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De Colombia p'al mundo: How Feid became Medellín's reggaeton 'ambassador'

Feid's music is steeped in his Colombian identity, but on one of reggaeton's most important stages, he won Puerto Rico over.
@Sismatyc
Feid's music is steeped in his Colombian identity, but on one of reggaeton's most important stages, he won Puerto Rico over.

This summer, the Coliseo de Puerto Rico José Miguel Agrelot (aka El Choliseo) in San Juan became saturated with neon green outfits, posters and lights. The bright hue signaled two headlining shows by Colombian artist Feid, who became the first artist in history to sell out the venue in an hour or less.

On an island that's birthed artists like Daddy Yankee and Bad Bunny — where reggaeton is an entire culture, not just a genre of music — Feid doesn't take that accomplishment lightly.

"For them, reggaeton is not pop music. It's music from the streets, music from people who run the streets for real," he says of the Puerto Rican fans. "Como que no puedes inventar allá nada. You cannot be a poser there; you have to be so real with people, and [either] they connect with you or not."

Feid's music is steeped in his identity, often referencing his hometown of Medellín, its colloquialisms and the vivid green color of the city's mountains and soccer jerseys in his imagery. And on one of the genre's most significant stages, he won the Puerto Rican crowd over.

"There's a whole lot of controversy about how some artists who are not from Puerto Rico are appropriating our slang," says local music journalist Juan J. Arroyo, who reviewed Feid's Choliseo performance for Rolling Stone. "He's someone who stays true to his vocabulary from where he's from, but at the same time, when and if he namedrops anything from [Puerto Rico] or uses a word from [Puerto Rico], you know it's coming from a place of respect where he did the homework and did the due diligence."

Arroyo partially credits that cultural understanding for Feid's fast growing popularity. In two years, he notes, the reggaetonero went from opening for Karol G at the Choliseo to breaking a new record in the venue's history. But this pop breakthrough — which includes nominations in five Latin Grammy categories this year, a new album and a collaboration with Bad Bunny — didn't come out of the blue; it's been nearly a decade in the making.

Feid started off writing and producing for other artists, working with stars like J Balvin, Nicky Jam and, most recently, Christina Aguilera behind the scenes. "A lot of people know me as a songwriter, but it wasn't my motivation," he says. "It's not like I was a songwriter and now I'm an artist. I was an artist that had to be a songwriter."

He began releasing his own music in 2014, but it took several years and albums to really find his footing as a solo artist. He hunkered down on making sentimental songs for the club, often featuring a slicker pop polish than the trap driven perreo emanating from the Caribbean. He also developed a signature look with his alter ego, El Ferxxo: a bleached mullet, wraparound Oakley sunglasses and oversized fits with a pop of that ever present Medallo greenery.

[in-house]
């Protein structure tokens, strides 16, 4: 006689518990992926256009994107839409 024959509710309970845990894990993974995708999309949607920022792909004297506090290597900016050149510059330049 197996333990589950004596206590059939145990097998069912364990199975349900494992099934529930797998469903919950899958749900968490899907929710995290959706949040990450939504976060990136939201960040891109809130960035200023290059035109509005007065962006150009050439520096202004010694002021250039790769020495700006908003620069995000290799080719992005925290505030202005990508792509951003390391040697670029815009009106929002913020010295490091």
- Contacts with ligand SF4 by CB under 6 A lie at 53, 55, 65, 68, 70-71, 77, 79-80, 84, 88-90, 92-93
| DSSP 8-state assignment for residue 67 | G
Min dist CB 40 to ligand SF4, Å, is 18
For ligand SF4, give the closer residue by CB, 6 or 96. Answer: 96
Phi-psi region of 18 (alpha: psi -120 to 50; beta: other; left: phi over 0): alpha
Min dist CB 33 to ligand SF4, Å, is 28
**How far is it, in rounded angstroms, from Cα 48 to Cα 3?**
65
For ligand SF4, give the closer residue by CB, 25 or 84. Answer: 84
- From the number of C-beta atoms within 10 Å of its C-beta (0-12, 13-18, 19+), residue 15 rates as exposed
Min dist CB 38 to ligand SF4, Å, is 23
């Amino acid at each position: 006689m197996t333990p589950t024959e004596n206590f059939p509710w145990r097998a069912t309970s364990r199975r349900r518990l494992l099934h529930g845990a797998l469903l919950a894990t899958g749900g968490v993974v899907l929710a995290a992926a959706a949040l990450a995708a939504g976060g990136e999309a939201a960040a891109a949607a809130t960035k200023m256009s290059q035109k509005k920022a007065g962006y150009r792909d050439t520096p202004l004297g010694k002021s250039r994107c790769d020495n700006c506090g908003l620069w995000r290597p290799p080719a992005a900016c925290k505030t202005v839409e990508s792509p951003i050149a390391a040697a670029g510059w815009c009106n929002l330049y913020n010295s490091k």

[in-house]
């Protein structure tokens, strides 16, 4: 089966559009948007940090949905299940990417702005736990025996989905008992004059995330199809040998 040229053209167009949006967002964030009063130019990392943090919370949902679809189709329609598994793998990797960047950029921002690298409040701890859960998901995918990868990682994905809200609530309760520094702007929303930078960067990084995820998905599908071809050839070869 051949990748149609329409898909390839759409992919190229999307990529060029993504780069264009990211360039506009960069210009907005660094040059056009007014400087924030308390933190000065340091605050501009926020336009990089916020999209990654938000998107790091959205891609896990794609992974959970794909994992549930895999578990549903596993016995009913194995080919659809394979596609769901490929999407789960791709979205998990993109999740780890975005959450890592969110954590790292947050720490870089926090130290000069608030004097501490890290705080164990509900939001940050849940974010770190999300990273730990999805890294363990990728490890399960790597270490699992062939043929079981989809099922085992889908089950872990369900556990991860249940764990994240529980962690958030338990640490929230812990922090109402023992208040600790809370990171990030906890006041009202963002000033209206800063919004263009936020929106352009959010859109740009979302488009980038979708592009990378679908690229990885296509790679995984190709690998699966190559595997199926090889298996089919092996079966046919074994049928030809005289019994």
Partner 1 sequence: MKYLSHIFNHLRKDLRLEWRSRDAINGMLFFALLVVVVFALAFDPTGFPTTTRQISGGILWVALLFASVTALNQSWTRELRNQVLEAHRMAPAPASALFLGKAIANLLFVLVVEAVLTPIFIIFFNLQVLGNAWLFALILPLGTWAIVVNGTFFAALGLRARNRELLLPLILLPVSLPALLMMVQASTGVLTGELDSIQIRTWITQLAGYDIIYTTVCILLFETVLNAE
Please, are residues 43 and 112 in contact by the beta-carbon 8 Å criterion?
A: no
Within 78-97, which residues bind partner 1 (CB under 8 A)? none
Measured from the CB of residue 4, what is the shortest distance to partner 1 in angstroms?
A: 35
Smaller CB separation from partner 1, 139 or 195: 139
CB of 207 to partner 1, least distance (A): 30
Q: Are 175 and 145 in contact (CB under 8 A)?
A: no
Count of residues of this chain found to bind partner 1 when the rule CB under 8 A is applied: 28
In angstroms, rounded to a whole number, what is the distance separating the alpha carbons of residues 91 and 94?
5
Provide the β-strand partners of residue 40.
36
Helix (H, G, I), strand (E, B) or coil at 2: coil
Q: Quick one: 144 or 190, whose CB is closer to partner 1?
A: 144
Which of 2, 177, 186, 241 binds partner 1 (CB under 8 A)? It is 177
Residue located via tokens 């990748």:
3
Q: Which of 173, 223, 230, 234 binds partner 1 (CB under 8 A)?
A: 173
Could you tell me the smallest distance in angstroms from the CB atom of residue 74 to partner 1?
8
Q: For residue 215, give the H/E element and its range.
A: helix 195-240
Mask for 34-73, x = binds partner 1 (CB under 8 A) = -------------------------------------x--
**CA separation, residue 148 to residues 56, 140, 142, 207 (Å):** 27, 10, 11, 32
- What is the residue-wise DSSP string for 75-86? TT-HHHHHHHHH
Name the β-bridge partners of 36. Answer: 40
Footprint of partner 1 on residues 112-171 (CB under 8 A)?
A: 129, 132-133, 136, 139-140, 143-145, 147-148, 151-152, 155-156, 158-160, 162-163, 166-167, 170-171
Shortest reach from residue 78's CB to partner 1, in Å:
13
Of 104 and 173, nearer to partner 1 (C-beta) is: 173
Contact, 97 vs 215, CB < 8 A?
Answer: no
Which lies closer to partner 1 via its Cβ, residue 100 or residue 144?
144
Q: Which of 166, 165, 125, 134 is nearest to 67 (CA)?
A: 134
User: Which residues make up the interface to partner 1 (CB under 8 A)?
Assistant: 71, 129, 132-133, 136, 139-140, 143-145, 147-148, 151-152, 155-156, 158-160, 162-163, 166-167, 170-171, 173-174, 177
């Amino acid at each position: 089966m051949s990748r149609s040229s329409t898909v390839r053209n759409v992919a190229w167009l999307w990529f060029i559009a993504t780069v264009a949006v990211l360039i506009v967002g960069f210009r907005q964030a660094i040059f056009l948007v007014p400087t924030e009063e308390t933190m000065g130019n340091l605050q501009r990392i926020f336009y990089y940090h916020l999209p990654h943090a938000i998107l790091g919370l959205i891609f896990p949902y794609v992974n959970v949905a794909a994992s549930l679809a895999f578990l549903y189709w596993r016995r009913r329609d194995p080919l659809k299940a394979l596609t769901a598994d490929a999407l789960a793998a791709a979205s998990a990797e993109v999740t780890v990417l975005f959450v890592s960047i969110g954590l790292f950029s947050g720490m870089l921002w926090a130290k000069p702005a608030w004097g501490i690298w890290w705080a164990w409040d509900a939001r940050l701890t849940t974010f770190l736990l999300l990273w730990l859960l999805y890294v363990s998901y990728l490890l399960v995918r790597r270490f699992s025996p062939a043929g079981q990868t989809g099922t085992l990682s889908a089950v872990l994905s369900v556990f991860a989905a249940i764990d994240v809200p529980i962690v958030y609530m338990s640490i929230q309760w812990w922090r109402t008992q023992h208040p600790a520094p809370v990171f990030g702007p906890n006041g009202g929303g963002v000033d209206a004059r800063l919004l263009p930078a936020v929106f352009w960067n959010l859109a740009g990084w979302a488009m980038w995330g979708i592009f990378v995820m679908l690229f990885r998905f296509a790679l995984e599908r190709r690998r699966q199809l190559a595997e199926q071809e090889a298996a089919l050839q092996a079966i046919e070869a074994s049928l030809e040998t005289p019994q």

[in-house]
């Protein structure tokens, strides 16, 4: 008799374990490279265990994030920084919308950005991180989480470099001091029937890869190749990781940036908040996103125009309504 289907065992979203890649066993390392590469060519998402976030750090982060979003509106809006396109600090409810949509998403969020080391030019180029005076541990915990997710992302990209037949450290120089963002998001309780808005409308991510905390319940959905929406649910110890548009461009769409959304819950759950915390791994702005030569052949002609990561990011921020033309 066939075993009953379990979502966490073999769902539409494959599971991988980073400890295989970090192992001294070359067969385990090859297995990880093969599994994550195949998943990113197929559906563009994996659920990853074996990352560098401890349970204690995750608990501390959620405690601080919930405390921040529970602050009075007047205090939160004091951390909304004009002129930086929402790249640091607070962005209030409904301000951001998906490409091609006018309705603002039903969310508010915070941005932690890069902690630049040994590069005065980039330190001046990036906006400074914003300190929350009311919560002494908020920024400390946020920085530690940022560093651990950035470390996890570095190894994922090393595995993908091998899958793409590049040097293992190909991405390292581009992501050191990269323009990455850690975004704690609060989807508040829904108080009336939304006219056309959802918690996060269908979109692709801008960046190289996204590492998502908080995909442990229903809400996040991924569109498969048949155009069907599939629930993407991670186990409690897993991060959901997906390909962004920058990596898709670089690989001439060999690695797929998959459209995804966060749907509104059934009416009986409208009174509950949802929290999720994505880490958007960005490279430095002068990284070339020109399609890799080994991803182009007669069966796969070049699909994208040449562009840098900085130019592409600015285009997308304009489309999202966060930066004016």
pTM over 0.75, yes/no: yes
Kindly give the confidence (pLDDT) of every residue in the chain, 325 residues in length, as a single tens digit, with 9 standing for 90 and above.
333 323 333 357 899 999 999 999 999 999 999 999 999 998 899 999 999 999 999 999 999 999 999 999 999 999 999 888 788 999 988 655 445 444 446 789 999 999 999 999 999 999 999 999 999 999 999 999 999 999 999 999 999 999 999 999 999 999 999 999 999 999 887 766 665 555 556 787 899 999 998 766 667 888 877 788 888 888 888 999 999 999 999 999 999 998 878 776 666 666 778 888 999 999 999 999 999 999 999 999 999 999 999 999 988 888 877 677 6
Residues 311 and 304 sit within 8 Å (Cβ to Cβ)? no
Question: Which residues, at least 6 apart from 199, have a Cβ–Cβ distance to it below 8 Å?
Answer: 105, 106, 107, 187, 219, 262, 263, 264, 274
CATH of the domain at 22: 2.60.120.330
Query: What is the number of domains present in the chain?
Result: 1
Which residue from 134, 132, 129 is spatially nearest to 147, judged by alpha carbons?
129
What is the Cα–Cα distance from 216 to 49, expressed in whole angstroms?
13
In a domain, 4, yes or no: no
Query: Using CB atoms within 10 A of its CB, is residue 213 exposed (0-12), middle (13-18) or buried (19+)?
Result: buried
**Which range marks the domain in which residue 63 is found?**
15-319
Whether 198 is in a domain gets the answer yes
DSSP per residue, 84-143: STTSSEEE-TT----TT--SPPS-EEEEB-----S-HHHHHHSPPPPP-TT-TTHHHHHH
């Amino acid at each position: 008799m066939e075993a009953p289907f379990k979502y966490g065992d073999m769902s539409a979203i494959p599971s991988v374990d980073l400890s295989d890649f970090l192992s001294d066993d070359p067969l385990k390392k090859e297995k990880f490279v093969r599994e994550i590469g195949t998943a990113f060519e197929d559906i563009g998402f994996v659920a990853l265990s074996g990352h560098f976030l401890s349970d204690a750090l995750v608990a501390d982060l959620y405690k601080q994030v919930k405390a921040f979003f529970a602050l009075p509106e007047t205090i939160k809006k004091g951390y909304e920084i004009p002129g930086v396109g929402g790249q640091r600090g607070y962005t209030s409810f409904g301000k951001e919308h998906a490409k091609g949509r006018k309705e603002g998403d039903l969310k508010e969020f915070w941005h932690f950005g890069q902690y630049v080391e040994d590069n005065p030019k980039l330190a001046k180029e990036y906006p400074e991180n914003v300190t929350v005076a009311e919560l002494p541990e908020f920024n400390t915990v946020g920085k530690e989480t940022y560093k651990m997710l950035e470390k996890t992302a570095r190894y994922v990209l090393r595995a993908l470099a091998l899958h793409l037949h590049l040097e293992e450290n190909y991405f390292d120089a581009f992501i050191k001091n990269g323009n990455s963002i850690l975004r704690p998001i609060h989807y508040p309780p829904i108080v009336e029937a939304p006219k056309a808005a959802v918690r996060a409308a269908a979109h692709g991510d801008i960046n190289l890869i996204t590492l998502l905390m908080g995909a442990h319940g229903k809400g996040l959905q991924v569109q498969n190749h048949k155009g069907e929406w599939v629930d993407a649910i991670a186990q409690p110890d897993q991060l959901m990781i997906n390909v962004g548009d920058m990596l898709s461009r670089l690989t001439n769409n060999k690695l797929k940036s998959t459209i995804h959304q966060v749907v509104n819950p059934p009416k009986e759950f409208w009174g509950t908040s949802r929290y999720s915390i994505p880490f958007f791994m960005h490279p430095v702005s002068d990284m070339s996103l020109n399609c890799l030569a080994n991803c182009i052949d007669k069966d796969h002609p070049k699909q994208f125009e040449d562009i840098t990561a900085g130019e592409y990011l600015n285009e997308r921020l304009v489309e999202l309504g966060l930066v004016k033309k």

"When I was trying to be more myself, it was when people connected with me more," he says.

Last year, he rushed to officially release his album Feliz Cumpleaños Ferxxo:Te Pirateamos el Álbum ahead of schedule after it was leaked unexpectedly, which he alluded to in the title and on the cover. Despite the less-than-ideal timing, the record earned Feid his first Top 10 on the Latin Albums Billboard chart, peaking at No. 6, and led to an instantly sold-out tour across the U.S.

This time on his own terms, Feid dropped his sixth studio album on Sept. 29. MOR, No Le Temas a La Oscuridad, which translates to Love, Don't Be Afraid of the Dark, has been his biggest record to date, reaching No. 4 on Billboard's Top Latin Albums chart. He says the title is an ode to the perseverance that led to his success.

"Most people just started hearing about me two years back, one year back, maybe this year," he says. "So for me, I was always shining in all that darkness."

Sonically, the album is his most expansive yet. It traces reggaeton's history back to dancehall, featuring the legendary Sean Paul waxing poetic in Spanish on "Niña Bonita," then traverses into tropical Afrobeats with an assist from Nigerian singer Rema on "Bubalu."

"He's singing in Spanish como si fuera una persona de Medallo, singing with slang, with acento, with everything," Feid says, beaming with pride.

"Luces de Tecno" brings renewed EDM energy to the second half of the album, while the rock-infused "Privilegios," alongside the band Cupido, lets Feid's vocals carry the album to a close. Though his roots lay in reggaeton, Feid says he's excited to push the boundaries and geography of the genre. He's also the only non-Puerto Rican artist with a feature on Bad Bunny's record-breaking new album, Nadie Sabe Lo Que Va A Pasar Mañana, on a song that pays homage to one of Medellín's hottest clubs, Perro Negro.

"I always felt like, como que el embajador de Medallo in a certain way because I wasn't afraid to say I'm from Colombia, I eat arepa con chorizo, I eat chicharron con frijoles," says Feid.

Although he's part of a bigger legacy of artists from the Colombian city, including collaborators Maluma, Karol G, J Balvin and Sebastian Yatra, Feid leans into the paisa swagger to anchor his sound and persona in an authentically singular way.

Copyright 2023 NPR. To see more, visit https://www.npr.org.

Isabella Gomez Sarmiento is a production assistant with Weekend Edition.